Russia is currently suspended from all international competition in the wake of a mass doping scandal which exposed many of their top athletes. Guest blogger and editor of Trimes, Alexandre St. Jalm, discusses how Russia’s doping crisis in athletics could affect triathlon.
Disgraced steeplechaser Yulia Zaripova has retired from athletics in order to pursue a career as a triathlete.
— Steven Mills (@srmills90) June 4, 2016
Since last weekend, the ITU community learned that Russian middle-distance track runner, Yulia Zaripova, who is currently banned from athletics for doping, wishes to continue her sporting career in triathlon. Before being caught for doping, Zaripova was named 2012 Olympic champion and 2013 world champion in the 3,000 m steeplechase.
Two years after her Olympic gold medal in London, her national federation was forced to suspend her due to an abnormal value of her haematological profiles (her biological passport). Officials still do not know the name of the substance taken. On March 25th, 2015 the IAAF suspended her from the sport for a total of 30 months. Her retroactive sanction that started July 25th, 2013 meant she could once again take part in competition at the Olympics, however, Russia as a country is currently suspended from and unable to participate in the Olympics Games.
As for Zaripova, she has since decided to change sports and take up triathlon. When she was forced to give gave back her Olympic medal to the Tunisian athlete Habiba Ghribi, she announced her triathlon ambitions to the media outlet.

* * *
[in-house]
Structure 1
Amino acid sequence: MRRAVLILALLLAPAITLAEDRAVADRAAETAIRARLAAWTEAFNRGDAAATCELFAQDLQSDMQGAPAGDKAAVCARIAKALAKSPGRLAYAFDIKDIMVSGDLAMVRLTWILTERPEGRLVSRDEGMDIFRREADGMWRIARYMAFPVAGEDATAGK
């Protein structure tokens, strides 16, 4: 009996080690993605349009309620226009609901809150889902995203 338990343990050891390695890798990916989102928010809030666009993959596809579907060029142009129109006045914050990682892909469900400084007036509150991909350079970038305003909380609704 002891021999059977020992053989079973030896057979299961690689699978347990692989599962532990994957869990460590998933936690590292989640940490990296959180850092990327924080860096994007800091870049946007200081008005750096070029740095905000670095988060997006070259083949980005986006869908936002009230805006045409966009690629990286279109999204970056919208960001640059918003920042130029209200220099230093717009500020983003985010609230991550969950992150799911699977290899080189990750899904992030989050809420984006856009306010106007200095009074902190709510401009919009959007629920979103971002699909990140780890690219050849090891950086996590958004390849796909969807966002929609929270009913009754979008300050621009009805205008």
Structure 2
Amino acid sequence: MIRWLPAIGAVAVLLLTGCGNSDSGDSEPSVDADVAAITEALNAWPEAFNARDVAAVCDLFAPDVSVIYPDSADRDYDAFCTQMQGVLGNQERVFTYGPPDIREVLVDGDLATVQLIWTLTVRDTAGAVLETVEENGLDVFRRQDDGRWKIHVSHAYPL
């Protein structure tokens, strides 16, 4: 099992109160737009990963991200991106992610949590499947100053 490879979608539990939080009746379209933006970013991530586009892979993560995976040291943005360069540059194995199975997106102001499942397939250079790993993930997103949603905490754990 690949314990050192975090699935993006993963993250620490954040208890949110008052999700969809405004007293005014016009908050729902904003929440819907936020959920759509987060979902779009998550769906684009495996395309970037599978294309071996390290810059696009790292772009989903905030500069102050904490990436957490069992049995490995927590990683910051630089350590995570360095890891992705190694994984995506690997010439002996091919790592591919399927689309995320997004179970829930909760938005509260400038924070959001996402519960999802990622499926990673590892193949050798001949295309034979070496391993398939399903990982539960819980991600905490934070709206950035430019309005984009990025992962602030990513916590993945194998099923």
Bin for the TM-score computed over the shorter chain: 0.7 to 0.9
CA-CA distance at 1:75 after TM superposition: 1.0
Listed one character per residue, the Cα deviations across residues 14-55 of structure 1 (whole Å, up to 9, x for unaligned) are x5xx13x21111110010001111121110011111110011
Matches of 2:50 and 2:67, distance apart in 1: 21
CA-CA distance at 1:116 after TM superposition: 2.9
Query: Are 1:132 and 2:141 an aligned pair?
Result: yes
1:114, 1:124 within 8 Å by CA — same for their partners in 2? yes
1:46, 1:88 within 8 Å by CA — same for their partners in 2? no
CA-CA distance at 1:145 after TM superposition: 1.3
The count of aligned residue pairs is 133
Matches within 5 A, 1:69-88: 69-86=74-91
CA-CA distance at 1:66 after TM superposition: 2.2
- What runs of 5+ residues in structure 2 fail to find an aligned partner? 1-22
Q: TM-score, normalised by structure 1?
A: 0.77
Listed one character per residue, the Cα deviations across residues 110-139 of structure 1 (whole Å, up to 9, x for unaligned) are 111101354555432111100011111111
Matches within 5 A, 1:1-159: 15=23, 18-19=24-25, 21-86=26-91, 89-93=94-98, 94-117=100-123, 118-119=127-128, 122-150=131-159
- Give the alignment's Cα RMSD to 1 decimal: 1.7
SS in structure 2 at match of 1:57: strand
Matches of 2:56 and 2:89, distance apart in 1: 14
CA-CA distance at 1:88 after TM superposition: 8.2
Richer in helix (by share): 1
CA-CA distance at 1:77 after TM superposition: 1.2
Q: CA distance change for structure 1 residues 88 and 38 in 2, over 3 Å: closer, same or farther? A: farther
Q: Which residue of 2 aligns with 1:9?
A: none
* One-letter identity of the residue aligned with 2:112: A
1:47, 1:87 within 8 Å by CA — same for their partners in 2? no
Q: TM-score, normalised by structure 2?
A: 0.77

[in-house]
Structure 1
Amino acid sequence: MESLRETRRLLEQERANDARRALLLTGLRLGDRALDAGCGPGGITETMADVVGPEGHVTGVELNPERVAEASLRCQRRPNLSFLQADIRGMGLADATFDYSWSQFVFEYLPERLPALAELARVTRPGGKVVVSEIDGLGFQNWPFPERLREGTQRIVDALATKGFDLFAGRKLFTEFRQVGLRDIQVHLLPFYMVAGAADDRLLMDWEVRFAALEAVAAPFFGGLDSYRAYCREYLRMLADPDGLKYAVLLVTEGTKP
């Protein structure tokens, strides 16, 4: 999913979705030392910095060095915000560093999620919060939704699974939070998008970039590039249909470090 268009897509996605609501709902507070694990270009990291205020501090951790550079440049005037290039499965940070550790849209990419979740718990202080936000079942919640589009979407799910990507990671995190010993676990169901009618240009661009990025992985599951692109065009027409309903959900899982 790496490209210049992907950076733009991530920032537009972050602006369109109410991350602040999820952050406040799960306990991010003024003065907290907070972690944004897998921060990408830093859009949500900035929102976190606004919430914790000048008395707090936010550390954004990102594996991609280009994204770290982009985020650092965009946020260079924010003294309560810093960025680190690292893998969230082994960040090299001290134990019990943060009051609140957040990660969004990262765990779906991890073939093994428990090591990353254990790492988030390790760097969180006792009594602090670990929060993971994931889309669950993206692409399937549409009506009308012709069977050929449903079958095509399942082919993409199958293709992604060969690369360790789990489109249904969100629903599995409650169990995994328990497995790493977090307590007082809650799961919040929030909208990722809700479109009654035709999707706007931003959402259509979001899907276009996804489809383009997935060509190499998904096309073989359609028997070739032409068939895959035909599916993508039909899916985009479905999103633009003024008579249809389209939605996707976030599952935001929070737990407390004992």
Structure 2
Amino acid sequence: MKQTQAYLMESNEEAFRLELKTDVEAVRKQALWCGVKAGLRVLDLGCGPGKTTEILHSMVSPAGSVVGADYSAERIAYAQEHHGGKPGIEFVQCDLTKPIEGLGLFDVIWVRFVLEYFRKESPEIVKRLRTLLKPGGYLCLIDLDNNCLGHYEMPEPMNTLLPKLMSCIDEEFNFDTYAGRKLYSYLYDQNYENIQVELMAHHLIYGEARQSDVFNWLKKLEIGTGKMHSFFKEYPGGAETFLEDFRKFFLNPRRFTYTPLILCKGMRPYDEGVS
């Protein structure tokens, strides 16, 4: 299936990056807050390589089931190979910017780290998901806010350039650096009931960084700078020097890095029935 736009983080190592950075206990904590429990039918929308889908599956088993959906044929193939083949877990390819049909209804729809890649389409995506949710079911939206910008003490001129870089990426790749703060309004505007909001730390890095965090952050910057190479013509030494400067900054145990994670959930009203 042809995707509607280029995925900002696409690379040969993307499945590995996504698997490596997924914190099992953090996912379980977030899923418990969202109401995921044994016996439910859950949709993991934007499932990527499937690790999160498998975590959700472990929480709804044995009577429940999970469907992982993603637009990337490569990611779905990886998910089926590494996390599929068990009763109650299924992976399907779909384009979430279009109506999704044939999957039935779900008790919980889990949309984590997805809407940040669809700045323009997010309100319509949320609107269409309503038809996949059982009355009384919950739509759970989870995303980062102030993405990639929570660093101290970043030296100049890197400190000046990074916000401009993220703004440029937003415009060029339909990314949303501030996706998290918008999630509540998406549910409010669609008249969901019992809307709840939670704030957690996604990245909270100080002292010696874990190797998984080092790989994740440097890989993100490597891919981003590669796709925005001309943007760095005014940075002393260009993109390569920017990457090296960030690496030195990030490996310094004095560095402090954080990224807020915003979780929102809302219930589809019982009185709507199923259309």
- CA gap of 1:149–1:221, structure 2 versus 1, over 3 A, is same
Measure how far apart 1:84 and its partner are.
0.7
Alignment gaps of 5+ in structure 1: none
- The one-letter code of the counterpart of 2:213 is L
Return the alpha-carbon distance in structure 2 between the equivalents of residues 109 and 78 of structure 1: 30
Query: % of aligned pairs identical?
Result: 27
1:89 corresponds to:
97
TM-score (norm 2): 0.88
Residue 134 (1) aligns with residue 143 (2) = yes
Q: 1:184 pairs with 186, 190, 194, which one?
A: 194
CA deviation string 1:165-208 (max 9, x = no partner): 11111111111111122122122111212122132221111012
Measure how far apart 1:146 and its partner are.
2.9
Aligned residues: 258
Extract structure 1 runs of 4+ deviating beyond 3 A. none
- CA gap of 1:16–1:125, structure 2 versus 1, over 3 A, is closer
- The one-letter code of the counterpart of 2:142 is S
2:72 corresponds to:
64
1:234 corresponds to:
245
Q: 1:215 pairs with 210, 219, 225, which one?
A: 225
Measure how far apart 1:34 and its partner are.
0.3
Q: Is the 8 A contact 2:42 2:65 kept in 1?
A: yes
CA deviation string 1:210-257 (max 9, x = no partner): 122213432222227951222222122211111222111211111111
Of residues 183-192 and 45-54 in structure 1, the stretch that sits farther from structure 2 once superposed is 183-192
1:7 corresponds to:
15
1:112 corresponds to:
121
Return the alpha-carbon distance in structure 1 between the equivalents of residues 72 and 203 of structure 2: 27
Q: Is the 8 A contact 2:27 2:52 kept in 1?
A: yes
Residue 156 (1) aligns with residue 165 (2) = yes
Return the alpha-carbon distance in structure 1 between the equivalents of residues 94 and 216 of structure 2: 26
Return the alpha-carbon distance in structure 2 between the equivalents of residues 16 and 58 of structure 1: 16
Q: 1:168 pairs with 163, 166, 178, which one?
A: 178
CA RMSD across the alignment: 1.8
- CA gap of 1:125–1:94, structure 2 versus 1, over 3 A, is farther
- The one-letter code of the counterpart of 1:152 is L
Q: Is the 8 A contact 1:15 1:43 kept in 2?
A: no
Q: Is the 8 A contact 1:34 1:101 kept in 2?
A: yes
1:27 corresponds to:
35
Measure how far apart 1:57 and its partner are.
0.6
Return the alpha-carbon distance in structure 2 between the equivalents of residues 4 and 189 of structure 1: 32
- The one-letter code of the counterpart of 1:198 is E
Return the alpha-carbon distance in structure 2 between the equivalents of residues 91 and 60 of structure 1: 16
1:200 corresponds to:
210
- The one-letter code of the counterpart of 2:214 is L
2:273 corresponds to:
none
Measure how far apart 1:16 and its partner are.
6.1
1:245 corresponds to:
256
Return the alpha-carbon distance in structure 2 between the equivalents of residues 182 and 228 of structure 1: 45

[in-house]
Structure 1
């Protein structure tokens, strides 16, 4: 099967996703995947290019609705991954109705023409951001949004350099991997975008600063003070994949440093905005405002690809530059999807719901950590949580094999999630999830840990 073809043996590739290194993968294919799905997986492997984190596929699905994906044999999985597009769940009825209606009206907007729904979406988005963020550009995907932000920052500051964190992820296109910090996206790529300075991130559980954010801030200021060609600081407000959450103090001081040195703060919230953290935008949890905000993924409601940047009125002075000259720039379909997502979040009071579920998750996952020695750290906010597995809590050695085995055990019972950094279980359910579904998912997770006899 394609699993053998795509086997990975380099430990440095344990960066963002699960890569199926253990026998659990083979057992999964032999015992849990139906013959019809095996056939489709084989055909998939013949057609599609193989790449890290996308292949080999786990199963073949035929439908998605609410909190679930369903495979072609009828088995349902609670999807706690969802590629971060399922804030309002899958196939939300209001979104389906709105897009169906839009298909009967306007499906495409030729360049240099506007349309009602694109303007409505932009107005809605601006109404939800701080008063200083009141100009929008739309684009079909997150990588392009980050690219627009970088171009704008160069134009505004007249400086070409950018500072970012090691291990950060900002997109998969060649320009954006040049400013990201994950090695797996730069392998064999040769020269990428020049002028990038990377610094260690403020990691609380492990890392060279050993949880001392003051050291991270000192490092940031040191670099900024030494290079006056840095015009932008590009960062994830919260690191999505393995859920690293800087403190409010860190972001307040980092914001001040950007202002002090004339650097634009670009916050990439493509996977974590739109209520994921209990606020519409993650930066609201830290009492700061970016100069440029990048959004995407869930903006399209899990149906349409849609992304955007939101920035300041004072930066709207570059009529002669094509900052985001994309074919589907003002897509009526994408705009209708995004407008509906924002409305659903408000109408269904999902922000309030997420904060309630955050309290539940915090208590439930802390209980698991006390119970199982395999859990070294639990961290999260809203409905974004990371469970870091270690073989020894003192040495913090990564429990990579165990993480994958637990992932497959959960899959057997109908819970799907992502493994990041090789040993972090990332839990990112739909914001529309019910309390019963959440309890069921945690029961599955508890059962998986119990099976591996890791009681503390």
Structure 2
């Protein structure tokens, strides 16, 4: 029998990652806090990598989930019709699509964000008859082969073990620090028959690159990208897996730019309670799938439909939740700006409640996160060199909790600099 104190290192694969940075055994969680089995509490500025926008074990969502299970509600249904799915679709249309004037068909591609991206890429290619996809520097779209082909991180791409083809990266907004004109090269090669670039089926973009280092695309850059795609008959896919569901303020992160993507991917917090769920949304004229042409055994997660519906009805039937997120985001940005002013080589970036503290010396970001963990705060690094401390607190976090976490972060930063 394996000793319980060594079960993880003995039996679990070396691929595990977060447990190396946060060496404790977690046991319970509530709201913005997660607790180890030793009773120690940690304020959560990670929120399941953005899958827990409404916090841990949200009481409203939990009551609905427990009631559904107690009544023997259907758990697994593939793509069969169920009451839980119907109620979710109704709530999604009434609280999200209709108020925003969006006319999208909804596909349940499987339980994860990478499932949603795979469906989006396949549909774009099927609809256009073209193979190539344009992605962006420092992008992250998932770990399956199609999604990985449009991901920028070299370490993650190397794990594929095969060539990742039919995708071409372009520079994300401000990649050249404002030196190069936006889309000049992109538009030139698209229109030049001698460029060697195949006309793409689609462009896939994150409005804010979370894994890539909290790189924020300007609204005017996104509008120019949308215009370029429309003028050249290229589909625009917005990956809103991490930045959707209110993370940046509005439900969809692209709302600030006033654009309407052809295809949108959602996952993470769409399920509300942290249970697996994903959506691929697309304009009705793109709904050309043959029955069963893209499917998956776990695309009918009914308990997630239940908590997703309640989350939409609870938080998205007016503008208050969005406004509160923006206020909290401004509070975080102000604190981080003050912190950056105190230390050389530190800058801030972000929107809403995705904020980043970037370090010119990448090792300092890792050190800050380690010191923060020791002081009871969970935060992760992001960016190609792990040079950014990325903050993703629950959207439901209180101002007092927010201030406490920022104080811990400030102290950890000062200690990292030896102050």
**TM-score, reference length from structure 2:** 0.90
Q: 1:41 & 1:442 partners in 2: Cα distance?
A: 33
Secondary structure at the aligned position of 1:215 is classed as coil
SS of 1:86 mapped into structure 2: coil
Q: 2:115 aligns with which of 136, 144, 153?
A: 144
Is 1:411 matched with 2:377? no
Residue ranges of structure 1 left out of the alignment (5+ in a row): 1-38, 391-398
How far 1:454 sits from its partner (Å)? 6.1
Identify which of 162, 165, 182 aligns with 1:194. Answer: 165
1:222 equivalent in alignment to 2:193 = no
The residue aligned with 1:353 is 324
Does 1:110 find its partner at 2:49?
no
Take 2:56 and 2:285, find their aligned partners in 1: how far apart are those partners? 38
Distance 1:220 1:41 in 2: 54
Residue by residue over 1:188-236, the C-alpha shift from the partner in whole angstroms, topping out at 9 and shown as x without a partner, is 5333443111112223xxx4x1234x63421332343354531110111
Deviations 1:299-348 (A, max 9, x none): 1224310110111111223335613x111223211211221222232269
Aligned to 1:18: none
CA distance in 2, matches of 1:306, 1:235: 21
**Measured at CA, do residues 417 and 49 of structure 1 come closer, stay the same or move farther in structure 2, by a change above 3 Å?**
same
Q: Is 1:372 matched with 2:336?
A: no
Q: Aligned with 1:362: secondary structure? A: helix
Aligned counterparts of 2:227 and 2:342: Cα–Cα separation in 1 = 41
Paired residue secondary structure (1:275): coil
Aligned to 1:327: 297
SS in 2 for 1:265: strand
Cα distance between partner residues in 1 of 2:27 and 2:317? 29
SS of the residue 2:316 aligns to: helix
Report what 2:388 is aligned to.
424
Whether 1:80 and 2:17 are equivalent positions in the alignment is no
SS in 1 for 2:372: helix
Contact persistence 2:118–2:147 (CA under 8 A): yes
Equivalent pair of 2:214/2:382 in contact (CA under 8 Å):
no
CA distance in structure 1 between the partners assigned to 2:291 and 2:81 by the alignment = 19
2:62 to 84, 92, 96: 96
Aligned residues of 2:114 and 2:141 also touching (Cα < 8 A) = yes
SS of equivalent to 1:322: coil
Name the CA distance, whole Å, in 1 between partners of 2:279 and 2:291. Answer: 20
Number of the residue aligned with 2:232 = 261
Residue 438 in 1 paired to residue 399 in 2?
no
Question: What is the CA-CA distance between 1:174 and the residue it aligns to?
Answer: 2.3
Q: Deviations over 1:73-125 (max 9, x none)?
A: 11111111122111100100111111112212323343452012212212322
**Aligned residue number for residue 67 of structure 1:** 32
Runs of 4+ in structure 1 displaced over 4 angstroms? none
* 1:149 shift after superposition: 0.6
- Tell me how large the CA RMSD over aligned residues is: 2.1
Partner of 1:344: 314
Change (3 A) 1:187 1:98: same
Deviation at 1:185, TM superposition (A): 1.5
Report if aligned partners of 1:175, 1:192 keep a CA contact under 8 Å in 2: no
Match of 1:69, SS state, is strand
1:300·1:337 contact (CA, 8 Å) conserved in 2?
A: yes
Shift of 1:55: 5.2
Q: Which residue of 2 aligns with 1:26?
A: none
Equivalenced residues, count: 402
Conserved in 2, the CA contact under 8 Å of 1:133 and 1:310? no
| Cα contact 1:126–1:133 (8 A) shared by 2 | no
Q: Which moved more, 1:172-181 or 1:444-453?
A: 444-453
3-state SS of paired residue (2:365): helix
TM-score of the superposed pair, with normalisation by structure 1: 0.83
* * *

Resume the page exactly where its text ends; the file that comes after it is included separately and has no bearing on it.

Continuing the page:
“My triathlon goals are the same as in athletics — the Olympics Games,” she told reporters. But the 30-year-old will have to wait for the next Olympic cycle (leading up to the Tokyo 2020 games) to take on this new challenge. Obviously, given her past, a big question lingers: will the Russian Triathlon Federation dare to support that choice? For ITU races, an athlete must be registered to the event by his or her federation. Even if the athlete has served her punishment, we always come back to the same problem, will she come back clean or will she be tempted to use drugs again? Will the triathlon community welcome her into the sport? This is not the first time an elite runner has decided convert to triathlon, nor is it the first time a disgraced athlete has tried to make their way (back) into the sport (Lance Armstrong). In practice this sport clearly proves to be more technical than steeplechase which makes the chances of success very thin and begs the question, does Zaripova truly expect to see success in the sport as a clean athlete?